Flash Fiction Challenge | Exile

Hey, it’s a writing challenge piece! This one is for Chuck Wendig’s current writing challenge, which is the second in a five-part challenge. Participants write 200 words as the start of the story. The next part sounds pretty fun (and challenging):

you’ll take someone else’s 200 words and continue that story for 200 more (for a total of 400 words). The goal being to end up with a 1000-word story after five total challenges. Each time around you’ll grab someone else’s story and add 200 words to it. We’ll play this weird narrative whisper-down-the-lane variant until roughly the end of the year.

As this is the second of five parts, I’ll be continuing this story, adding 200 words of my own. The original was a little long (225), so my addition is just under 200 words.

Feedback always appreciated.

The accursed shoreline sat in the hazy distance, the beach from this distance a delicate piece of golden thread. Beyond, a few rolling hills of verdant forest were visible before the land was lost in a low, thick fog that sat like a cushion over the land.

Jorick couldn’t see them, but he knew the mountains were there. The mountains, the source of his suffering, the reason he was here, trapped on this fat tub of a ship, exiled from the land.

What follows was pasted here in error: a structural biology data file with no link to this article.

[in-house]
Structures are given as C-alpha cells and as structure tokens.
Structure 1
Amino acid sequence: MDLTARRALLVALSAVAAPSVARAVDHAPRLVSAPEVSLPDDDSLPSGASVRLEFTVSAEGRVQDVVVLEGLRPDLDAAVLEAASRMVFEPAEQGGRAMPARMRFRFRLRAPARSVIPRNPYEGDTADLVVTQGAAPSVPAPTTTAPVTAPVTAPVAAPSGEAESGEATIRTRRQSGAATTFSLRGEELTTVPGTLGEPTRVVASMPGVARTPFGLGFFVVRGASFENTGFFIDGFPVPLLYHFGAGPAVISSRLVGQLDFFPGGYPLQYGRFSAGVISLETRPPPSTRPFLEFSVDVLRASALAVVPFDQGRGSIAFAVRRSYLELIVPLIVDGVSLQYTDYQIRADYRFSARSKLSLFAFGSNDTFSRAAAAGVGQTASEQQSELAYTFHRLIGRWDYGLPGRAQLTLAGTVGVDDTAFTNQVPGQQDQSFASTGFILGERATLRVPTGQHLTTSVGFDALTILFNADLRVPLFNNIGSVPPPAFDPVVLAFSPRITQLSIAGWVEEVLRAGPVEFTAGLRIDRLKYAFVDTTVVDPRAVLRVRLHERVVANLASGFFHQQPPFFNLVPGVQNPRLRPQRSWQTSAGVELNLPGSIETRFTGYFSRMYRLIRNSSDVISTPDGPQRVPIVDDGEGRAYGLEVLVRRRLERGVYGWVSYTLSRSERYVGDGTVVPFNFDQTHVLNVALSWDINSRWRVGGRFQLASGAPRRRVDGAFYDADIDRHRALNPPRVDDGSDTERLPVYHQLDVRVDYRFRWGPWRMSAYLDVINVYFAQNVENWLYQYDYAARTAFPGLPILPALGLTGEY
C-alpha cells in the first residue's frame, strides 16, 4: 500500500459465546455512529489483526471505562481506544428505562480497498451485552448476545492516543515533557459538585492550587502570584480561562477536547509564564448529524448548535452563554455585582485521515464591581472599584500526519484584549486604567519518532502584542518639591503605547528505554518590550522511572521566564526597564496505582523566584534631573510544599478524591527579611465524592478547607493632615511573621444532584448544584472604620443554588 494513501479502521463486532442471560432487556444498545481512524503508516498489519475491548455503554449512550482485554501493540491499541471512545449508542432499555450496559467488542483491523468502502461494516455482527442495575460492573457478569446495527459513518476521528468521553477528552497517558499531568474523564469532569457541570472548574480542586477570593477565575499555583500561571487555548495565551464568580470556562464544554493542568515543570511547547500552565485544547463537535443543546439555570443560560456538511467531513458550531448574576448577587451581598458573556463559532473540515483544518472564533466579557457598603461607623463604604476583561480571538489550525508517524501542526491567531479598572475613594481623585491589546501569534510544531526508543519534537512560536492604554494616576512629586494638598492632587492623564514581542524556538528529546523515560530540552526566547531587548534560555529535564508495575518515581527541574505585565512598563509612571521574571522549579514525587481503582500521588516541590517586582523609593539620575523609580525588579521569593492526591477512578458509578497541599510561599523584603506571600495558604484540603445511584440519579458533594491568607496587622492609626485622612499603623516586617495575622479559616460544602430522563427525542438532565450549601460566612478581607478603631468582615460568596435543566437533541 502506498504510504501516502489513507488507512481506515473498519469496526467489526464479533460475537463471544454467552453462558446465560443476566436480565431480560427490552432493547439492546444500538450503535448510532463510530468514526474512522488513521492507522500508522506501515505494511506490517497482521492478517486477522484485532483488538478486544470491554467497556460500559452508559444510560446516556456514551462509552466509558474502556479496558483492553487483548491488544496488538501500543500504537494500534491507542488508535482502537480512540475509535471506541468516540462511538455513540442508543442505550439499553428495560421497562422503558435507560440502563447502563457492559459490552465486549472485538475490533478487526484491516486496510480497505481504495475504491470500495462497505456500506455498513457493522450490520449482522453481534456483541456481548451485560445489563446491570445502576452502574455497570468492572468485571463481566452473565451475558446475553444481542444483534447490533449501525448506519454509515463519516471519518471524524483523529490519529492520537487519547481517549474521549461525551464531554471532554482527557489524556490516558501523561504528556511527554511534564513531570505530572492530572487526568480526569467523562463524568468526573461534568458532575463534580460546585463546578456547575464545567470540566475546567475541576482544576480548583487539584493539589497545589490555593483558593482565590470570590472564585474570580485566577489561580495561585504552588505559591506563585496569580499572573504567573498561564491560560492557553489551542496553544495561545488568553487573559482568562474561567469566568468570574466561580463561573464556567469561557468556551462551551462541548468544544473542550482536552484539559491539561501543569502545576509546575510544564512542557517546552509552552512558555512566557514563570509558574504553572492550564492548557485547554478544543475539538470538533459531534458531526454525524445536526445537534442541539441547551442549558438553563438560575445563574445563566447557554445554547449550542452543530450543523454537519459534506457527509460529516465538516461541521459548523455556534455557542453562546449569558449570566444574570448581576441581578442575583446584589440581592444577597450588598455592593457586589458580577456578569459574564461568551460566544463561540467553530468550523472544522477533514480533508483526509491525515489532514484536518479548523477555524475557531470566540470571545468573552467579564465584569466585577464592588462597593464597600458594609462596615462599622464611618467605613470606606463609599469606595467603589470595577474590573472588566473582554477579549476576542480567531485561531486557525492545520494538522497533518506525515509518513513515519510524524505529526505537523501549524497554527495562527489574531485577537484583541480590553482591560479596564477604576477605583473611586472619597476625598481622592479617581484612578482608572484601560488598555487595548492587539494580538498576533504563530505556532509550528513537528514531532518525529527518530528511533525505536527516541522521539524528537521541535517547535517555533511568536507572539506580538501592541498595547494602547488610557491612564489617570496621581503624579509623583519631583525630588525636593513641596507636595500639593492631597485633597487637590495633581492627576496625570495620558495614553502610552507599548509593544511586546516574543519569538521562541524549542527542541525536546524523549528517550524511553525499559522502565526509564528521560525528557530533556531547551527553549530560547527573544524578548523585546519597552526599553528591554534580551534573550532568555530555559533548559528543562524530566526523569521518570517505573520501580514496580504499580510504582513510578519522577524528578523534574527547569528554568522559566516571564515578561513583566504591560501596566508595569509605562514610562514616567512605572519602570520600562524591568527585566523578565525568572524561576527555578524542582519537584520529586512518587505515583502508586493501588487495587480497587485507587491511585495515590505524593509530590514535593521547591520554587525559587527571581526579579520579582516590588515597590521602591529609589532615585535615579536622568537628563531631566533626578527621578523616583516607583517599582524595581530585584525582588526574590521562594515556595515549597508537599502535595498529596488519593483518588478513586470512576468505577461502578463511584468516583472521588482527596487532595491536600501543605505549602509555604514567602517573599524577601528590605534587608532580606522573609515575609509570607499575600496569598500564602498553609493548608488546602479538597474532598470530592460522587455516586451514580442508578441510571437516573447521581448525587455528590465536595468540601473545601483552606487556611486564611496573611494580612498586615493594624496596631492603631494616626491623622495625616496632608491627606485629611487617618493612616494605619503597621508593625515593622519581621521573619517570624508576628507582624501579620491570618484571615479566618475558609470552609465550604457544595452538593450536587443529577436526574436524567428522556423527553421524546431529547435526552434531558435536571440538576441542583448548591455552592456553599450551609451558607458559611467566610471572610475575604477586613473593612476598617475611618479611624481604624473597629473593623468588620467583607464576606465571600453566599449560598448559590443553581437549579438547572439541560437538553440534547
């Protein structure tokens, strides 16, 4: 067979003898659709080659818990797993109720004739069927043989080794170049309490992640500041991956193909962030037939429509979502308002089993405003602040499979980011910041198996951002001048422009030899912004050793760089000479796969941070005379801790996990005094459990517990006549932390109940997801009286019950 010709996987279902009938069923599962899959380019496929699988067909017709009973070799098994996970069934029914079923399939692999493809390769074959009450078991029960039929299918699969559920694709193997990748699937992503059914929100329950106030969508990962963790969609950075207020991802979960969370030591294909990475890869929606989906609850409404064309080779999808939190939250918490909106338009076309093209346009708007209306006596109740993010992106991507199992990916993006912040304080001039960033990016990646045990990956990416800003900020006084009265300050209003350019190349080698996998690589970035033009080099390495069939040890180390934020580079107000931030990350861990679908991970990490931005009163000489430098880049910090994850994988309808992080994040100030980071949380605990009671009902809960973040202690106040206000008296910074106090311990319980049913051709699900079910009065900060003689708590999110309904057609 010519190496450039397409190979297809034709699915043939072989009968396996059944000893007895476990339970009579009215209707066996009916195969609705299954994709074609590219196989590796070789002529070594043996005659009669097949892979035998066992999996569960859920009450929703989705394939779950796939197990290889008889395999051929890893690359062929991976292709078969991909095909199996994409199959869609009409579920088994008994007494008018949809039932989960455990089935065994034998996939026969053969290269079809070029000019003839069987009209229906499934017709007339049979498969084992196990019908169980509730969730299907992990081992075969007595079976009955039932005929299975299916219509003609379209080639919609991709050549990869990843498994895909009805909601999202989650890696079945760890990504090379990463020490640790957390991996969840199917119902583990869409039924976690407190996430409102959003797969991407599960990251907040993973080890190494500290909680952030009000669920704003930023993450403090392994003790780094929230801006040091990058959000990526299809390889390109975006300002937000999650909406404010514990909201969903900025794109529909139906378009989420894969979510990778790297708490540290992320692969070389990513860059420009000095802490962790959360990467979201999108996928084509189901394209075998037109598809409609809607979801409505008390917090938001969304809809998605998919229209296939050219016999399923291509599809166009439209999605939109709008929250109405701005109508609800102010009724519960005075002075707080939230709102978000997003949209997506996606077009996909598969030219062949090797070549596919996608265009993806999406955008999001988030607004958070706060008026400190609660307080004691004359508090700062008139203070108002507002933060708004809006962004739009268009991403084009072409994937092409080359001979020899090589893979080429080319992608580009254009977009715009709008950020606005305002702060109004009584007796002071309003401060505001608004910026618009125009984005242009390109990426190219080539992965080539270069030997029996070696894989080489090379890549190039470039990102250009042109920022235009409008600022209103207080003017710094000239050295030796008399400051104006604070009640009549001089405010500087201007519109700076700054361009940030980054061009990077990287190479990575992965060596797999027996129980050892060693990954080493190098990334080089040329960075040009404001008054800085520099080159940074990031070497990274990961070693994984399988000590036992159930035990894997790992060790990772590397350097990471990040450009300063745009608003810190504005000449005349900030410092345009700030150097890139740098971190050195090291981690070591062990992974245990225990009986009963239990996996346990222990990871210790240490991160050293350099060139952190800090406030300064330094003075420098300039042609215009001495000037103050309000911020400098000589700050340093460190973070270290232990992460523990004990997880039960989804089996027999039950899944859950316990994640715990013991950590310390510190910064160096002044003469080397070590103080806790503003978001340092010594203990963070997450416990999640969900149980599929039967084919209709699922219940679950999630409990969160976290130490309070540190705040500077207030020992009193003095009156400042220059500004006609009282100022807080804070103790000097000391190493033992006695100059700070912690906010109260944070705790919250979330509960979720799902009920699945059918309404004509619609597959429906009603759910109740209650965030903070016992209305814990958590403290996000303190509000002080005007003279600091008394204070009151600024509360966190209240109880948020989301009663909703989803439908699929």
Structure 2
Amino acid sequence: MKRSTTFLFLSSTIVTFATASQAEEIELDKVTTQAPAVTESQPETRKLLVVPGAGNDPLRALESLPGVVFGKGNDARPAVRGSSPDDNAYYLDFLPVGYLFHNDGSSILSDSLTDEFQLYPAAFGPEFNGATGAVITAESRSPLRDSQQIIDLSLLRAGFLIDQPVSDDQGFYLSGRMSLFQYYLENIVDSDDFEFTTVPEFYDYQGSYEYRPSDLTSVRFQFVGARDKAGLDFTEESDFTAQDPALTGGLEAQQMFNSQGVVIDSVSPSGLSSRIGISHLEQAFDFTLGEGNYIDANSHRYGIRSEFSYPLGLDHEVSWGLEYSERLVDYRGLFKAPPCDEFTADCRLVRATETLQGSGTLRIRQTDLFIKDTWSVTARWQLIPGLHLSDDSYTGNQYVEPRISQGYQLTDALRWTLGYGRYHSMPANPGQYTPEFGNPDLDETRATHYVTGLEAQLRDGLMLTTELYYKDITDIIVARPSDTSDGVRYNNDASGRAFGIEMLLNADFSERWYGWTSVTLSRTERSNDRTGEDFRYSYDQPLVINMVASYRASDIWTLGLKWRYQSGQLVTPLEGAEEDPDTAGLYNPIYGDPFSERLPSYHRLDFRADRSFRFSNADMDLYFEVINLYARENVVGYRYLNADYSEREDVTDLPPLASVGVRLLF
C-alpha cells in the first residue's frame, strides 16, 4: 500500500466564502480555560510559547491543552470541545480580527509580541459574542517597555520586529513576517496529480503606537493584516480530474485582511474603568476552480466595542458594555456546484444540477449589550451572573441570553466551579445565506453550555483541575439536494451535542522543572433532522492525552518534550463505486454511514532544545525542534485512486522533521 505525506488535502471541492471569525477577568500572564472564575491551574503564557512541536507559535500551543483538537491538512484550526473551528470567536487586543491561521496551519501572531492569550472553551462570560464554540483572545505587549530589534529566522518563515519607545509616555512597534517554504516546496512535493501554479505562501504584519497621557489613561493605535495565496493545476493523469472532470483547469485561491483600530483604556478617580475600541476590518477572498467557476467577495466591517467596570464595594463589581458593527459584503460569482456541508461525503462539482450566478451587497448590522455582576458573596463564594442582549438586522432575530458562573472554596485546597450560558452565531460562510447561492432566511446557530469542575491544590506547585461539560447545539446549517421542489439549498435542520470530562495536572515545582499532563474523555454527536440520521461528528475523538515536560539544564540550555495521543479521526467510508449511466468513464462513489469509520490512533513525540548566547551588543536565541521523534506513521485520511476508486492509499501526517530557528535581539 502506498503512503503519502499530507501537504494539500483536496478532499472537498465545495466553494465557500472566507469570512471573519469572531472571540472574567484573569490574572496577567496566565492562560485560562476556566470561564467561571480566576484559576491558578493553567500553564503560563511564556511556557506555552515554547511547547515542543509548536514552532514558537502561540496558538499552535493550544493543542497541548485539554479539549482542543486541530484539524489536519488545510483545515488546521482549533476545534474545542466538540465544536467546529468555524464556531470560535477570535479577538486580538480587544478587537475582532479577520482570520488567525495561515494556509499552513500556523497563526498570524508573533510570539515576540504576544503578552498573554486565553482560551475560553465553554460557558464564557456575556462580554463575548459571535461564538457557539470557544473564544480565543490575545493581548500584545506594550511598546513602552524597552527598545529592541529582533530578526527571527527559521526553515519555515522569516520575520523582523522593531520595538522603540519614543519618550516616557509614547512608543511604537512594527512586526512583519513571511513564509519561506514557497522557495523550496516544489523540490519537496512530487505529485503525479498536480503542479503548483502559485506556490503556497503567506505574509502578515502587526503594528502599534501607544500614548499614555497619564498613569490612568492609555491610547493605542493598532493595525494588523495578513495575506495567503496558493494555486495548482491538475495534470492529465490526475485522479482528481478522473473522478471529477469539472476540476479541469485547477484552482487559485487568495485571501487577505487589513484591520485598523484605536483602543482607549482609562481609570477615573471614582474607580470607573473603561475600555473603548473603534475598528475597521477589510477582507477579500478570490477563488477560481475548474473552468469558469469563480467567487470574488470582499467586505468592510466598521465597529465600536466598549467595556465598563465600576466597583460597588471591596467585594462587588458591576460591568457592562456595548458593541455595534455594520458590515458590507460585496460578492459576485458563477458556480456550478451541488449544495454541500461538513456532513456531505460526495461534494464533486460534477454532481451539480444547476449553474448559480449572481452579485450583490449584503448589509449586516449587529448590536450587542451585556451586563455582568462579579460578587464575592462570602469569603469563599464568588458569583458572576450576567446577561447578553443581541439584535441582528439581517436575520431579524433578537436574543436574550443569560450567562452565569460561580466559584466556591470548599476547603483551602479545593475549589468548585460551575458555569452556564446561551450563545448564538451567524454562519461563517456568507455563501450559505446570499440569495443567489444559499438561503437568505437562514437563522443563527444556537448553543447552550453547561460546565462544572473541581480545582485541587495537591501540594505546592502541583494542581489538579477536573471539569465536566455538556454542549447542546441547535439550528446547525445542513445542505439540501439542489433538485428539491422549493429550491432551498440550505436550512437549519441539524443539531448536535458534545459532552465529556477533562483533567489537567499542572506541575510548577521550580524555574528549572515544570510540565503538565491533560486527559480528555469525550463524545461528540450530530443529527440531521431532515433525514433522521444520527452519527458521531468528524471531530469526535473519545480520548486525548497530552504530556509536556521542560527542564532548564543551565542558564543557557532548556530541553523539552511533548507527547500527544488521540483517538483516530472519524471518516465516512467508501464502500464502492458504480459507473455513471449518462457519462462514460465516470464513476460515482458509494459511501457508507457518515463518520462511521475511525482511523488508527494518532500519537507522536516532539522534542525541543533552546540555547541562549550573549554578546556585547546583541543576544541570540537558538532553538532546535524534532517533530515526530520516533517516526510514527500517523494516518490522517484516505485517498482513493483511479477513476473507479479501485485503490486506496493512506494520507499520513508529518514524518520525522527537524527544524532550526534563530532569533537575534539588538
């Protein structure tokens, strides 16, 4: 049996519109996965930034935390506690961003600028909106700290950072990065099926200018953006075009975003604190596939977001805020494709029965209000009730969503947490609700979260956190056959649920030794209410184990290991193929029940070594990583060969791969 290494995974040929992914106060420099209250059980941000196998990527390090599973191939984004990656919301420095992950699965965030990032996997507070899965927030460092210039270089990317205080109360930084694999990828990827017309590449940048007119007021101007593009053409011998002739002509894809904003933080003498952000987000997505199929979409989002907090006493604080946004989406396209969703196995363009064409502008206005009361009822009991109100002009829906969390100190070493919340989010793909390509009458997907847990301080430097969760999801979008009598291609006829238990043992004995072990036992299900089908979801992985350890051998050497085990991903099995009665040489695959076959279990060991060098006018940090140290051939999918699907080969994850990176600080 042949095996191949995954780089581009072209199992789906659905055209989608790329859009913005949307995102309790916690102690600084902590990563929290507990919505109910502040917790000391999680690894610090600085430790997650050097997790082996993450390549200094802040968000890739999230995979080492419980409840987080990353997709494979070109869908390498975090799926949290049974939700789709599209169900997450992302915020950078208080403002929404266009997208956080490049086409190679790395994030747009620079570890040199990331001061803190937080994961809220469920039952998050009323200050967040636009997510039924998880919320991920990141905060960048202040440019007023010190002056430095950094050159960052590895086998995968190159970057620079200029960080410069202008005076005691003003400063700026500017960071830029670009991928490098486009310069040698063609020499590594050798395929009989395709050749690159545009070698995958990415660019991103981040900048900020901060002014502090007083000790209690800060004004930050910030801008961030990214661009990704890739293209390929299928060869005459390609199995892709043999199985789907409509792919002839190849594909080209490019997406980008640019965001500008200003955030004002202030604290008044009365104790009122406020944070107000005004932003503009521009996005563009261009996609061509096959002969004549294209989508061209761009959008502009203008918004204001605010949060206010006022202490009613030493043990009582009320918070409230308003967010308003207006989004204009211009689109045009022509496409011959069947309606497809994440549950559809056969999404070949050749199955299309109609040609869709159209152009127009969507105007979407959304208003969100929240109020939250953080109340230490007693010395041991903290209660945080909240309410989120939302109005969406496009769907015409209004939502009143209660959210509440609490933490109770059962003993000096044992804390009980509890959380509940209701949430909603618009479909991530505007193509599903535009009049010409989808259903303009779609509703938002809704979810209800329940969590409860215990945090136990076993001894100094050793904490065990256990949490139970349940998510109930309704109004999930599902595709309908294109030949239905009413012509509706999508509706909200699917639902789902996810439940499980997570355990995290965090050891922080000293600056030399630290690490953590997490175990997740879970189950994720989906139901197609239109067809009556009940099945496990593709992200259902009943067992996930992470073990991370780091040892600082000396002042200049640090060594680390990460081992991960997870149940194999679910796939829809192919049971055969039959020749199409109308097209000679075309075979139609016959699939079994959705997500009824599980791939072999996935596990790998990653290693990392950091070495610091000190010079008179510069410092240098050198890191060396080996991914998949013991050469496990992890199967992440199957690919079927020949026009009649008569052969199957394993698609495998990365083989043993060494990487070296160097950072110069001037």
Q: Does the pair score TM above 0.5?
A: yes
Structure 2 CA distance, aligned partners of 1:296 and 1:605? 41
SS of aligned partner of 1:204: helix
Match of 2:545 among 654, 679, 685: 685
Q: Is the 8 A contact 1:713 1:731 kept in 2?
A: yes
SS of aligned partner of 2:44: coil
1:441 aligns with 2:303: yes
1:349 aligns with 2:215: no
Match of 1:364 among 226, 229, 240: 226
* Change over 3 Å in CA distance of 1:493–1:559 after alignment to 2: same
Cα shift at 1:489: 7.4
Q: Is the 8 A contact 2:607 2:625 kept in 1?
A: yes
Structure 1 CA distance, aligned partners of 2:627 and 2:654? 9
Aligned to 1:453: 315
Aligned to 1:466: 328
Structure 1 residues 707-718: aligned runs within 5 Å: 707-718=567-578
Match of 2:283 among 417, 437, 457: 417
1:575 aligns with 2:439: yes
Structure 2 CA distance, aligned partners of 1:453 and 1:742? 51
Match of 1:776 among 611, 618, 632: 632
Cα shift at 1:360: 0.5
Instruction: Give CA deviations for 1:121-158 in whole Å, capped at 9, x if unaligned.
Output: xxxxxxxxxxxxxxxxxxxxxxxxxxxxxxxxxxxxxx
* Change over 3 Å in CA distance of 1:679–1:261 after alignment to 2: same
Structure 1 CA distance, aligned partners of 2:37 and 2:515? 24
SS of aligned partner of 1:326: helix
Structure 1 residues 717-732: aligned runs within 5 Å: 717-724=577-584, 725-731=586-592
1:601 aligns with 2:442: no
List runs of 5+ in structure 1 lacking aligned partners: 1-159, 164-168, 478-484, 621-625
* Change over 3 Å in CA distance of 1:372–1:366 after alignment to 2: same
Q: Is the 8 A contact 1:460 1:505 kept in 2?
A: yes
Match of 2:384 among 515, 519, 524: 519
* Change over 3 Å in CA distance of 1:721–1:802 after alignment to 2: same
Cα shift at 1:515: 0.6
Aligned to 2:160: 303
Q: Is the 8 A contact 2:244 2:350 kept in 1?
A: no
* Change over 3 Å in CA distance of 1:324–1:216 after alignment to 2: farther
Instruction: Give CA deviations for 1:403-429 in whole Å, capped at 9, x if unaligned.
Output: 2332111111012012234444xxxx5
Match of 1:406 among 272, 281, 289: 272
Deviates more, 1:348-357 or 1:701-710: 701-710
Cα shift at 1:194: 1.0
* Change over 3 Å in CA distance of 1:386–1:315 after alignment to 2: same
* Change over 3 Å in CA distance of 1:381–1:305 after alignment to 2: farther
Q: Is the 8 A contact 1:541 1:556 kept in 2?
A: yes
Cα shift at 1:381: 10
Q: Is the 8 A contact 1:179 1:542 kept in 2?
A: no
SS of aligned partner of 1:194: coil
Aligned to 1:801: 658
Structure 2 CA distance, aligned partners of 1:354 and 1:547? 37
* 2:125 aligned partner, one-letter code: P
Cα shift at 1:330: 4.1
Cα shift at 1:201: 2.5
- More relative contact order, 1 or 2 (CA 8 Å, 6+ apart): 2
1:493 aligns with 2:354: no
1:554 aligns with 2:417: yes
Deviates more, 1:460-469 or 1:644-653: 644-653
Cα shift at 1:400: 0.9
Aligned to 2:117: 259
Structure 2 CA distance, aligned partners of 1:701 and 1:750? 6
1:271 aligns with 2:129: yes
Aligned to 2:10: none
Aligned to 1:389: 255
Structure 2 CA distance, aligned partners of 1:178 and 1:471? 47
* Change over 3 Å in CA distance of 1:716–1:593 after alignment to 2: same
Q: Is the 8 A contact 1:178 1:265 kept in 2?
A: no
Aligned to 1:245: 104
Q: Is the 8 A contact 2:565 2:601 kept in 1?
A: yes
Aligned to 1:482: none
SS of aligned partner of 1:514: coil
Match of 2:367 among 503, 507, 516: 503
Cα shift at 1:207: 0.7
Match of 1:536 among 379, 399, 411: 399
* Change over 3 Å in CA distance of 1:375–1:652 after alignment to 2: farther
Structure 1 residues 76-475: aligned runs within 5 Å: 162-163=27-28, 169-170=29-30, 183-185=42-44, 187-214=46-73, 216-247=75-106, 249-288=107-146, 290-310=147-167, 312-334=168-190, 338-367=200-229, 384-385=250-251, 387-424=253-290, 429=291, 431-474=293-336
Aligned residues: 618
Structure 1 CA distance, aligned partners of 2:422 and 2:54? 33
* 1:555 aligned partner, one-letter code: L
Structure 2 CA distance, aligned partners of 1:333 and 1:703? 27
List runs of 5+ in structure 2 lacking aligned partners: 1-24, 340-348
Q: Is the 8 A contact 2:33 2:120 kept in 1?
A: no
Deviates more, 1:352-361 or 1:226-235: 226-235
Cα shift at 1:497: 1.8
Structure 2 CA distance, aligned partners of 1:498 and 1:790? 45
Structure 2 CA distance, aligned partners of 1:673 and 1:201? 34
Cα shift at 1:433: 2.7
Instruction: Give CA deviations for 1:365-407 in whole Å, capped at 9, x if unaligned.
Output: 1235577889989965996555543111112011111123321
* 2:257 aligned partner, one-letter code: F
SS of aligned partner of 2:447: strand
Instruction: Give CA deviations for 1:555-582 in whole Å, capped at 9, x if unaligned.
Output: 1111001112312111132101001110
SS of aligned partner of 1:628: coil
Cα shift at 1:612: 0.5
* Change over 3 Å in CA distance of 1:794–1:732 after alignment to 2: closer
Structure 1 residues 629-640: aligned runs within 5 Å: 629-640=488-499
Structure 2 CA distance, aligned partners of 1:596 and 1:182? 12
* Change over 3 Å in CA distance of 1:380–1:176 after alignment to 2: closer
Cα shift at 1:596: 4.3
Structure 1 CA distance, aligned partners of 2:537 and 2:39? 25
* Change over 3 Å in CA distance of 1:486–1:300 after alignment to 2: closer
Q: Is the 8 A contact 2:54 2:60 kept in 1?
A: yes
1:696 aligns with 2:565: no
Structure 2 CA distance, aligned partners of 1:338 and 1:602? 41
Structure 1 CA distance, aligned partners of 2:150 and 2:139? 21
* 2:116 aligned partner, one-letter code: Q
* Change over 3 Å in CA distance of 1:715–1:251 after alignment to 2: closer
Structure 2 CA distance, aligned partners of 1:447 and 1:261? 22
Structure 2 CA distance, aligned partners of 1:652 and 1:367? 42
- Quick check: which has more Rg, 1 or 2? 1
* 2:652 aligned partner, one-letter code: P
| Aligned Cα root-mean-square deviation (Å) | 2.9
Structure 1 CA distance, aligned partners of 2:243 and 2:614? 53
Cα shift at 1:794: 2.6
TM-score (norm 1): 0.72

Both hands gripped the rough, sun-scarred wood of the ship’s taffrail as he looked at the land.

He thought of his mother and father, both lying dead on the floor of their home. He had found them there. There was nothing he could have done. It had all happened so fast. The image had flashed through his mind countless, painful times over the past two months.

He dropped his head between his shoulders and listened to waves slap the ship’s hull and the creak of its bones. A breeze tussled his chestnut hair and it was fresh, salty sea air.

“Jorick,” a man’s voice said from behind him. “The doctor needs you. It’s happened again.”

Jorick took a lungful of fresh air and turned to descend into the stinking belly of the ship to rejoin the hundreds of people exiled along with him.

“I don’t know what help I can be,” Jorick said to Captain Wray. His regalia was old and tattered, but it still carried its meaning. When he summoned, a man should follow.

Captain Wray and Jorick cut through the crowd until they had almost crossed the length of the ship. Jorick saw a tiny girl had curled up behind a barrel. The doctor’s face showed restrained concern.

“What is it?” Jorick asked. The doctor’s eyes were the white-gray of ash, light and haunting. She motioned to the girl. Jorick sighed and dropped into a familiar squat, careful not to topple over. He placed a calloused hand on the girl’s forehead. It was damp, and just a touch colder than it should be. Jorick tried to temper his reaction. He did not look back, but spoke low enough for the doctor to hear.

“Neither you nor Captain Wray said she was in a trance.”

“Does it matter?” The doctor let out a deep sigh. Jorick heard her patience float away with her breath. “I cannot gain answers from her now. You can.”

Jorick closed his eyes and searched for the girl in the shadow.

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